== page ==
Who can spout heartfelt advice, list types of cheese, and talk about working for Google – almost all in one breath? Why, Dan, of course. SEAS Senior Dan Schlosser is getting ready to leave this place, and this “Masshole” has some wisdom to share.
Name, School, Major, Hometown: Dan Schlosser, SEAS, Computer Science with a minor in Music, born and raised in Lexington, MA, home of the Shot Heard Round the World, tri-corner hats, and other 1770’s fads.
Claim to fame: I’m a four-year board member of ADI, was once the president of Design for America, and am widely known as an over-zealous tabler at Days on Campus. I hang out with CUIT admins sometimes; I definitely spent some quality time pushing for Vergil and PawPrint. I probably yelled something at you about DevFest. I build websites to relax.
Where are you going? I’m going to live in San Francisco, working for Google as a “people person.” On the side, I’ll be building websites at Minimill, a design agency I founded with a friend from UMD.
What are 3 things you learned at Columbia and would like to share with the Class of 2020?
1) Live selfishly. Don’t waste time trying to live up to expectations of your friends, family, or classmates. Instead, figure out what you need and give it to yourself. For me, that meant distinguishing being introverted and being shy or antisocial. I spent way too much time going to parties that I hated being at or feeling guilty for making up excuses to skip them or leave early. I’ve learned that I’m a social introvert. I love my friends and I have a big outgoing personality when I’m “on,” but spending time with people tires me out. Learning to think about what I need and creating a balance between time with others and time in my dorm working or just vegging out has made me a much happier person.
2) Whatever you do, do it with love. Whether it’s classes or research or a sports team or a tech club, find something you’re passionate about, and don’t stop doing it until they hand you your diploma and take away your swipe access. There will always be people that remind you what you’re giving up when you dedicate your time to something. Don’t listen to them. Looking back, I don’t regret any minute spent standing on a table in eighty-degree heat waving a sign at the Activities Fair. I don’t regret spending hours making the slide deck for DevFest, or writing workshops for ADI. I don’t regret any time spent in ADI’s infamous 4-hour meetings, or writing a 1700-word email about our club’s structure (over the summer). I don’t regret the countless unproductive meetings with administrators, or the late nights doing homework after Cookies and Code. Ultimately, if you’re doing something you love, you won’t regret it. If you go to Columbia, you’re most likely a smart, capable person. You’ll find time to do the other stuff. Find what you love and don’t let go.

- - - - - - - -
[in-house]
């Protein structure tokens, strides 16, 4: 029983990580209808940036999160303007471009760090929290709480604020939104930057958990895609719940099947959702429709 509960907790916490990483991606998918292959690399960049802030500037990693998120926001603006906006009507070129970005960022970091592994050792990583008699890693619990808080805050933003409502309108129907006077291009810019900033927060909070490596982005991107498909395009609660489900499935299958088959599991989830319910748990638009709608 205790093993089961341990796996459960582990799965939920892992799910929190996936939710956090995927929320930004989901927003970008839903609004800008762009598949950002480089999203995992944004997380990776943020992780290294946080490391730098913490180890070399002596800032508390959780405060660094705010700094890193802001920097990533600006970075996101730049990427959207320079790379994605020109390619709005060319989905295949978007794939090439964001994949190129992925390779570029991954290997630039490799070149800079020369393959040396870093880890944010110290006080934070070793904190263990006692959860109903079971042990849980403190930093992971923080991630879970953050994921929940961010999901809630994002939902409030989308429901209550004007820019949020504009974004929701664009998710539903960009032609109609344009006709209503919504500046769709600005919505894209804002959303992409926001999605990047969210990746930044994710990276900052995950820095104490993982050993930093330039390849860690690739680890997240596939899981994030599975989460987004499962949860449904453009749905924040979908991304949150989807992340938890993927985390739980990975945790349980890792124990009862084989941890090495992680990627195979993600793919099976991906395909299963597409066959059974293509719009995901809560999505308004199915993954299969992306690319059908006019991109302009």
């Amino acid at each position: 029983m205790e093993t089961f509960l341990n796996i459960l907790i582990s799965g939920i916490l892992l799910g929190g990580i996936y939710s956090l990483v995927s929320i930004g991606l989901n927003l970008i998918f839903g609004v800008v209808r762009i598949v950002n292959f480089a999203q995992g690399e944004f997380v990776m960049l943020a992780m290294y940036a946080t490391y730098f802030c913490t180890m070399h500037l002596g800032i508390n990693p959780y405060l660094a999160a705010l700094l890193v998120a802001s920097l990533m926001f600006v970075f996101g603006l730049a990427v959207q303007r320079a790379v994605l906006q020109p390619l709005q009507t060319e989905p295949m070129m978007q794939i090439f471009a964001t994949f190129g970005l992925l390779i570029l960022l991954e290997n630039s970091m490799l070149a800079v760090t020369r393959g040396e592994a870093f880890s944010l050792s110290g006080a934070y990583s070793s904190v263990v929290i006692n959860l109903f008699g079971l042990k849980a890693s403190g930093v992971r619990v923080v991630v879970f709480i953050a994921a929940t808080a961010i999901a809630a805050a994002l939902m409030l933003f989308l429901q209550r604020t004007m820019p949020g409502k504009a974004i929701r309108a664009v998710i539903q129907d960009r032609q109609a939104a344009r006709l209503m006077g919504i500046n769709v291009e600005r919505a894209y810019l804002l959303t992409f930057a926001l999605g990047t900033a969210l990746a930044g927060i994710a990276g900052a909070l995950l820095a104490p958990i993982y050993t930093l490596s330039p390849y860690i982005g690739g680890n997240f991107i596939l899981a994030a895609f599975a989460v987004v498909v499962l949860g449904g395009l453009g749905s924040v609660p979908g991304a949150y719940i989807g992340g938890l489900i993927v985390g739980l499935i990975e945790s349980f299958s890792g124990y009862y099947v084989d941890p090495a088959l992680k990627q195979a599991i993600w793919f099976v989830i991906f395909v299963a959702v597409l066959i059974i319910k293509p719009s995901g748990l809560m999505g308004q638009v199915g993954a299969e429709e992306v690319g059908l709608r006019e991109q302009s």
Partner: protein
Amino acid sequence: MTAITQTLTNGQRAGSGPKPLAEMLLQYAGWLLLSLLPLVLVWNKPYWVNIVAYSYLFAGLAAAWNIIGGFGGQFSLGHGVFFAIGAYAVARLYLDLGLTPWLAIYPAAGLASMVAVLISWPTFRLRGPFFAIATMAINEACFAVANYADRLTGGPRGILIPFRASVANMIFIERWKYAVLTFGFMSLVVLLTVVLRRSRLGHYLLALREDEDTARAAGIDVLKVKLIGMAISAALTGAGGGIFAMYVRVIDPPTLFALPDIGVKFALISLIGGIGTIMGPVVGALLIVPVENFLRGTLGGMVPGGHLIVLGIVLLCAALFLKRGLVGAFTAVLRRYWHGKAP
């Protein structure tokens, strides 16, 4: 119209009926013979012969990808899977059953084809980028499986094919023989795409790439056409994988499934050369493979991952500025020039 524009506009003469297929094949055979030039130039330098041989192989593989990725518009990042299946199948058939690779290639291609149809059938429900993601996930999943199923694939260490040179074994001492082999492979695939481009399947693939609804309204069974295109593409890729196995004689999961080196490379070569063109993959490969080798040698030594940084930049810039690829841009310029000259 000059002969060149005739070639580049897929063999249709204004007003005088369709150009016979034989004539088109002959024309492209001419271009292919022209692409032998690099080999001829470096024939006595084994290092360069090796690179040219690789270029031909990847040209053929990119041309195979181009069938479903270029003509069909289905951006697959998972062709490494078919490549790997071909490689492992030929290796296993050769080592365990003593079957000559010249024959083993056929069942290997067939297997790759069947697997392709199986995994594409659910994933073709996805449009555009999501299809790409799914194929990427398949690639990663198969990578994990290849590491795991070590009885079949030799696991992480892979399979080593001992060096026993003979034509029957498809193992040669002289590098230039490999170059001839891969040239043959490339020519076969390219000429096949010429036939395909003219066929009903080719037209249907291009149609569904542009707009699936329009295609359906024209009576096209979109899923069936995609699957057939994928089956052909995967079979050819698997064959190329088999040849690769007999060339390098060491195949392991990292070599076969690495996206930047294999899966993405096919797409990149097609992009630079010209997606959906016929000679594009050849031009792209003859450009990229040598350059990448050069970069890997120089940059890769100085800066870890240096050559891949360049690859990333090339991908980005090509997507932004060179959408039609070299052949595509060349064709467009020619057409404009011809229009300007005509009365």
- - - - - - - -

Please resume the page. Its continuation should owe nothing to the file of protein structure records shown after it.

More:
3) Columbia’s “lack of community” is a myth. This is an idea that’s drilled into us a bunch throughout our time here, and it creates a confirmation bias that’s hard to break. Columbia doesn’t have much school spirit, for sure, but community is something different. I have found an amazing community of friends at Columbia who have supported me and challenged me and made me who I am today. I didn’t find these friends at Bacchanal or at a frat party or at Homecoming, true, but I found them. I found them in ADI, one of the most loving and inspiring communities I’ve been a part of for my four years here – a group of people that brought me up and gave me a home on campus. I found them in DFA, where some of the most thoughtful and smart people at Columbia come together to learn and support each other and to give back. I found them on Carman 9, and in the ADI House, and on study abroad trips. I found them in practice rooms and in the Milano’s line and even in some of my classes. Columbia has amazing communities of all kinds; you will find yours.
“Back in my day…” Spec was a newspaper and Senior Wisdom asked for your favorite Hamdel sandwich.
Justify your existence in 30 words or fewer. In 2015, I took a picture of everything I ate. Then, I put those pictures on a website.
What was your favorite class at Columbia? UGH so many… definitely Honors Math for keeping me humble, Senior Spring Basketball for keeping me cocky, and Cryptography of Financial Processes for the most “mind-blown” moments. Ohhh plus shoutout to Natural Language Processing in the flipped classroom with Michael Collins. That class was amazing.
Would you rather give up oral sex or cheese? Off the top of my head I can name 20 kinds of cheese (see appendix) and only two kinds of oral, so I think the choice is clear.
One thing to do before graduating: Stay up late enough when no one is around, head to the center of campus, and just lie down in the middle of Low Plaza for a while. If you’re stressed, or feeling like you don’t belong, or feeling sad, or feeling anything, there’s nothing quite like saying “You know what Columbia, I got in here, I can lay where I please.”
Any regrets? I definitely regret not going to office hours. I almost never went to office hours in my time here; either I was too cocky or too embarrassed or too confused or something. It wasn’t until I became a TA and was forced to hold office hours of my own that I realized how stupid I was. If I did it again, I would spend a lot more time getting to know my professors and TAs and a lot less time cooped up in my room struggling with my work.
Appendix A: Types of cheeses
American, Asiago, Bleu, Cheddar, Cottage, Cream, Feta, Goat, Gouda, Gruyere, Head, Mozzarella, Parmesan, Pepper Jack, Provolone, Ricotta, String, Swiss, Taco Blend, Whiz.
Can we request a website for that Cheese Appendix? via Dan Schlosser